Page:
I Spent 25 Minutes, Standing Still, in A Mental Ward

This post is to capture what took place at another mental ward in Selangor, Malaysia that I also visited along with the one on which I wrote a blog. Read here. No pictures were taken at this second site because I deemed it moral not to do so.

My first impression of the ward was that it was aesthetically appealing and equipped with ample security systems to monitor and prevent the admittees from wandering off-site.

This second establishment that we visited (I, together with Mr. Tan and his wife) right off the bat earned our assumption as a better-off ward than the first one I had mentioned. Hence, I did not offer to do anything for the center. But just like the first center, I asked to be in the ward where the mentally impaired children were staying. And in there, I spent 25 minutes in complete stillness and silence.

Here are the events I quickly jotted down after my 25 minutes inside the ward, where the mentally impaired children were roaming freely:

One boy wouldn’t stop talking to himself. He was very impassioned in his speech. But he was talking to no one.

One girl came close to me such that there was only a few inches of space between us. She stared into my eyes and kept humming. She waved her arms left and right and slowly rested them on my forearm, and was seemingly curious who i was. She returned again and again.

Another boy sat upright against the wall and wouldn’t stop jerking against the wall. Thump! Thump! Thump! But no one knew what the reason behind his doing was and no one tried to stop him from possibly hurting his own back.

Two kids, one lying flat and dormant, another lying normal to him and rested his head on his stomach and rolling his entire body back and forth while blowing raspberry. The dormant boy stayed the way he was

One boy would not cease intruding on Mr Tan’s wife, taking hold of her arm, leading her to the back of the room. After once, Mr. Tan’s wife hesitated. After approaching her a few more times, she had no choice but to leave the room.

One kid, in shorts, shirtless, was walking about aimlessly. It does not take a genius to perceive the damages his underlying conditions have done to his mental state and bodily figure.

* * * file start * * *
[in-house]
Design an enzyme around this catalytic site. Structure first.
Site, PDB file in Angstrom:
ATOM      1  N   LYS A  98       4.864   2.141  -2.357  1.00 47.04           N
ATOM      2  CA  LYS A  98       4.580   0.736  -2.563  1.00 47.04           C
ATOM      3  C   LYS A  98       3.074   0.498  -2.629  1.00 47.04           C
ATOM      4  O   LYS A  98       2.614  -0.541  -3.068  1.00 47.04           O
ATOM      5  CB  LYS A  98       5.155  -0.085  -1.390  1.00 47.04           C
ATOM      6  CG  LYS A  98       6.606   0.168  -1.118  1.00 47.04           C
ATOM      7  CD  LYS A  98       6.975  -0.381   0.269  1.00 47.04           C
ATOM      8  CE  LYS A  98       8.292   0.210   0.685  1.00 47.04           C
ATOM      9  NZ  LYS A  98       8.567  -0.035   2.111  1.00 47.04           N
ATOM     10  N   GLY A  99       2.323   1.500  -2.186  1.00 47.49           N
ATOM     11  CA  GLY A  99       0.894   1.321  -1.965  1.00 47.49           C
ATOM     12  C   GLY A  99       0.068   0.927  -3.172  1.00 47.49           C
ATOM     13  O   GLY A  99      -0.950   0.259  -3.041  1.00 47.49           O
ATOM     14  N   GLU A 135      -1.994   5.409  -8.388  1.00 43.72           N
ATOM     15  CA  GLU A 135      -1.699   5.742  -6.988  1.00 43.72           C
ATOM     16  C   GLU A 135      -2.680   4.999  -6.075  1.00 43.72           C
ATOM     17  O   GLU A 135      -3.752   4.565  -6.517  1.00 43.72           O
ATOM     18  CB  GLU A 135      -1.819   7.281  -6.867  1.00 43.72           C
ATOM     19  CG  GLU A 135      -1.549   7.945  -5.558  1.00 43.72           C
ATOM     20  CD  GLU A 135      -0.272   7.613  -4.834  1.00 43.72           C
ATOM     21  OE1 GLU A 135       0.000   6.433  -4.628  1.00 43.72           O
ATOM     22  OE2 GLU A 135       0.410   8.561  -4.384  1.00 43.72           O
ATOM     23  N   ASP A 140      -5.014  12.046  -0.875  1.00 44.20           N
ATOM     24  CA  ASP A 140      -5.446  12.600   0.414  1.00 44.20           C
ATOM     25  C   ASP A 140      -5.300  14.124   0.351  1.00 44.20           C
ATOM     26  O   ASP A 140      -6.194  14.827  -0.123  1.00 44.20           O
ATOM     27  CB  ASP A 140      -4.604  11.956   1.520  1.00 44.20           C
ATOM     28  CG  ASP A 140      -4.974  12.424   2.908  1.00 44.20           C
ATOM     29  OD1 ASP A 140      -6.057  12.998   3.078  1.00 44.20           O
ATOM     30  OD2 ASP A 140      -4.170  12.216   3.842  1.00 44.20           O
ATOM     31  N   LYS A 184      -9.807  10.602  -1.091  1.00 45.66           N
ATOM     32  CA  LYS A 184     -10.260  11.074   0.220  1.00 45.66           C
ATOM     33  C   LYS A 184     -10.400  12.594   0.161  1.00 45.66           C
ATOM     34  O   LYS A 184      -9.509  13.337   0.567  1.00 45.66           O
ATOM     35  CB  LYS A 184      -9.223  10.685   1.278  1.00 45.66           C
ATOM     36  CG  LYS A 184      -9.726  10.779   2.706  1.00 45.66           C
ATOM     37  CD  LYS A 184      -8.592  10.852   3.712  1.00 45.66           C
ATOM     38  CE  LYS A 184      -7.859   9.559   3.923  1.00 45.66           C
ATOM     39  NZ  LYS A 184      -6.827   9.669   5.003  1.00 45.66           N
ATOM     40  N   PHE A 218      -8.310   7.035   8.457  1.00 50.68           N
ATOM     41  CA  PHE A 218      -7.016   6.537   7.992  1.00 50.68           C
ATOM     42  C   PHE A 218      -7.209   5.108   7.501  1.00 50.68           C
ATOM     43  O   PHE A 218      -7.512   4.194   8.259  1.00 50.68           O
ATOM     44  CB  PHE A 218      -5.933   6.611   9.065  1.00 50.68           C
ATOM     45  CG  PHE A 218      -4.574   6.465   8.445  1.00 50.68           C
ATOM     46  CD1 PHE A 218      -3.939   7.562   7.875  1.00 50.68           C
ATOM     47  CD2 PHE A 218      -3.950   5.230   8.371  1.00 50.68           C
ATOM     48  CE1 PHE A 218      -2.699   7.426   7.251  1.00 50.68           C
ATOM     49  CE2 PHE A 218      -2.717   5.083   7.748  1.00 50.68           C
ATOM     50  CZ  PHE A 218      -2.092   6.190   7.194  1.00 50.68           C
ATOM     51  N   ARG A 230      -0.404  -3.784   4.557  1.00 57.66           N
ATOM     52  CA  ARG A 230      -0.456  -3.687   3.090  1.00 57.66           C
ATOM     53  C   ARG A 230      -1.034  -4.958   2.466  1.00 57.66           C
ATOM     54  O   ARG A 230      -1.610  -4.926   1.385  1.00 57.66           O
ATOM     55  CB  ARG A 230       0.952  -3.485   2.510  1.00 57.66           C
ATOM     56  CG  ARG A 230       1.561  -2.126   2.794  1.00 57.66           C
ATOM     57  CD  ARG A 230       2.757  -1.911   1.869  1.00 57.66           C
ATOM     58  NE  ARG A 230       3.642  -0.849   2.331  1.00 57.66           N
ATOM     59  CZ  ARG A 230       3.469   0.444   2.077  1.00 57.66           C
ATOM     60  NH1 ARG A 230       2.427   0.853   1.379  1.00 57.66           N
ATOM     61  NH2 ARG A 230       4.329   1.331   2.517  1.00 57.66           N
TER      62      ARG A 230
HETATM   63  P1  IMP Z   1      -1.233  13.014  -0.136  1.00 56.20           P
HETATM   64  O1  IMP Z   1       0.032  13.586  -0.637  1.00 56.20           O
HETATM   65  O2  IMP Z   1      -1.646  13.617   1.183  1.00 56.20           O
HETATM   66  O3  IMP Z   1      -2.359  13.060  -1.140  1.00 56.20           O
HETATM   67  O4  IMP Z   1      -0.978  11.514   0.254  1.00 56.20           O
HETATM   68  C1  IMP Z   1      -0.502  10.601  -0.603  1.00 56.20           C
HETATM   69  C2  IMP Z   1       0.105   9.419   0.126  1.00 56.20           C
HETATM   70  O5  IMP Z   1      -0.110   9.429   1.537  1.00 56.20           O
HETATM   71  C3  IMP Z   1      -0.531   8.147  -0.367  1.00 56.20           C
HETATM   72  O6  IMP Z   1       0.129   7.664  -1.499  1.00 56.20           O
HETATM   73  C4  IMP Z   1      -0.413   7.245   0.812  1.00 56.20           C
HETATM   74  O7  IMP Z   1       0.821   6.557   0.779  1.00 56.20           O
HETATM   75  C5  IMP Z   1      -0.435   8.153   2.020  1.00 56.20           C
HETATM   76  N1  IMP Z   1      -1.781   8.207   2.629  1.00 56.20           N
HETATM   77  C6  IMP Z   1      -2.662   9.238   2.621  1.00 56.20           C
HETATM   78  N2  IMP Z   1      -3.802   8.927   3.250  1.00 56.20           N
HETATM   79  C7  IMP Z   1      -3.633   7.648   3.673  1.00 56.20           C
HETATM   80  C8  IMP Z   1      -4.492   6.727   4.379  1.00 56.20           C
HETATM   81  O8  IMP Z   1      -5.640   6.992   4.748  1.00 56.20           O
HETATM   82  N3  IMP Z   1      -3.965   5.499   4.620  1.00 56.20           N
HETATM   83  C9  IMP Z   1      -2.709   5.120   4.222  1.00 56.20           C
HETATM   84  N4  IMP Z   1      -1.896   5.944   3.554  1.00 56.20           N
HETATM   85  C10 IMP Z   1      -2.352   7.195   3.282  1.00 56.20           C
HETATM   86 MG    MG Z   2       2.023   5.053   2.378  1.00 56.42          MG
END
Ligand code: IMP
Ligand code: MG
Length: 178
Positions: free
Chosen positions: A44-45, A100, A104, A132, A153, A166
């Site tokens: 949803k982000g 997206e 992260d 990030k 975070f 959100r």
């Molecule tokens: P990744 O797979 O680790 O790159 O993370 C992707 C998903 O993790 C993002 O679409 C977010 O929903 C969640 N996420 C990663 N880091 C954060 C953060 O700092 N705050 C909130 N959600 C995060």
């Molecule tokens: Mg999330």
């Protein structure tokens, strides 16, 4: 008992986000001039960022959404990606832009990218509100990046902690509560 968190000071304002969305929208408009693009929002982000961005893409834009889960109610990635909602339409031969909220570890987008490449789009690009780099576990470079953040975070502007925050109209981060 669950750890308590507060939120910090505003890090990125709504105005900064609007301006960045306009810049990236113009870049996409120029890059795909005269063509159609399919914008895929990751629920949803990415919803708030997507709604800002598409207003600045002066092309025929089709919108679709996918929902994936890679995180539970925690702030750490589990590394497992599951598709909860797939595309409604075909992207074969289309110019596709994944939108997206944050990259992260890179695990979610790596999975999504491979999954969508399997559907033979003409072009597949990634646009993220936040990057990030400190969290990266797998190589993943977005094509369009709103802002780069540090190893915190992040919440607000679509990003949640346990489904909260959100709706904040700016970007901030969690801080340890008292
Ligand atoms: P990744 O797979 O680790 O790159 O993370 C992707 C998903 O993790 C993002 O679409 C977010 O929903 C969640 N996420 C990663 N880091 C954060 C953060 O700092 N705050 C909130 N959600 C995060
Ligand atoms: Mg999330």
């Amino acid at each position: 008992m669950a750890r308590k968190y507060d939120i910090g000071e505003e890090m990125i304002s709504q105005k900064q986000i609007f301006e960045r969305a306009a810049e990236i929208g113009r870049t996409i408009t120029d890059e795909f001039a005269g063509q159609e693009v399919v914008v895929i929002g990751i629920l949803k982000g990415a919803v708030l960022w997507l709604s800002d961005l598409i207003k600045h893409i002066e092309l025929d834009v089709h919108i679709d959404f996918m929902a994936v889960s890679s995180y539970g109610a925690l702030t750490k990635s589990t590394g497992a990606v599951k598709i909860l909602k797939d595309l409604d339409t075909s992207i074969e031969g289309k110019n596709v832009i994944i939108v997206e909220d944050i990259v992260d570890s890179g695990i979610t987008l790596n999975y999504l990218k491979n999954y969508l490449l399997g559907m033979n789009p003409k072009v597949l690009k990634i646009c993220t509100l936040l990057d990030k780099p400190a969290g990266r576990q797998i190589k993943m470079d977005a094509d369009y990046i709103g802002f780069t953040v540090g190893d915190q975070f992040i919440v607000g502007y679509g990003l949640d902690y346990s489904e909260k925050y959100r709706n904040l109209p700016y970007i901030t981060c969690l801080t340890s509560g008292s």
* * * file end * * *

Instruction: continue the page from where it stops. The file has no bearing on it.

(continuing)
A few boys would every so often slip their hands into their pants and shorts and rub their genitals.

Some were able to communicate with the wardens and joined them in folding clothes.

Another boy would always be lingering around me. He looked the most unaffected; none of his facial or bodily figure was ravaged by any of developmental disorders that had others. He was so intrigued by my watch. When he pressed the buttons and the watch beeped, he gave it the attention of the world.

I later learned that this boy was autistic; he was one of the few that did not deserve to be amassed in such a space….This last boy  was one of the remarkable that could possibly gain his social and life skills to mingle with the rest of his generation.

Over a month after, I still think about his gleaming eyes when he stared at the watch with his undeterring excitement. It reminds me of how a learning process should be and how a pursuer for an answer should be as relentless and focused to the degree as that boy had displayed.

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Figure 1. the watch that fascinated the young boy in the ward.  Picture taken inside a coffee shop in Phnom Penh, Cambodia

After witnessing the ward and conditions of the admittees, I have a strong belief that things could definitely be done to improve the quality of life for each individual in there.

I spent 25 minutes in there, and although I am not diagnosed with any of mental disorders (hopefully never), I could feel my consciousness and will-to-live slowly being extorted from me just by standing in there. An already impaired mind, deprived of its own command of its actions and will, being trapped in such a place will only have its essence further unwilfully drained from it.

It’s true to acknowledge the void you have and seek help. This is most-often heard in relation to those feeling depressed. But from whom to seek is also a factor that could determine recovery or deterioration. In the case of this mental ward, it will do the patients more good by re-designing its care programs to make them more individualized or condition-oriented; a Down-syndrome child may need assistance round the clock in aspects of taking care of oneself and managing his/her hyperactivity, but this program may not be necessary for a child of autistic conditions. Instead, a program to teach him/her to become the master of his/her own concentration and the application of this special attention may be crucial in determining recovery or deterioration.

There is a popular euphemism that associates with mental conditions, in that they are a form of gifts. And it is true. Many famous figures including Albert Einstein and Issac Newton also lived with autism of one form or another. And they grew up to be remembered, but by having developed in the right conditions. In other words, although autism may be a gift, it needs the right set of hands to untie the ribbons to unwrap the true capacities that are trapped within.

Although autism may be a gift, it needs the right set of hands to untie the ribbons to unwrap the true capacities that are trapped within.

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YS Charity Foundation: A Developmental Disability Center for Financially Challenged Families in Petaling Jaya, Selangor, Malaysia

Seeing the developmental disability centers was my motive to travel to Malaysia.

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Figure 1. My visit to the center with the help of my newly-made friend in Malaysia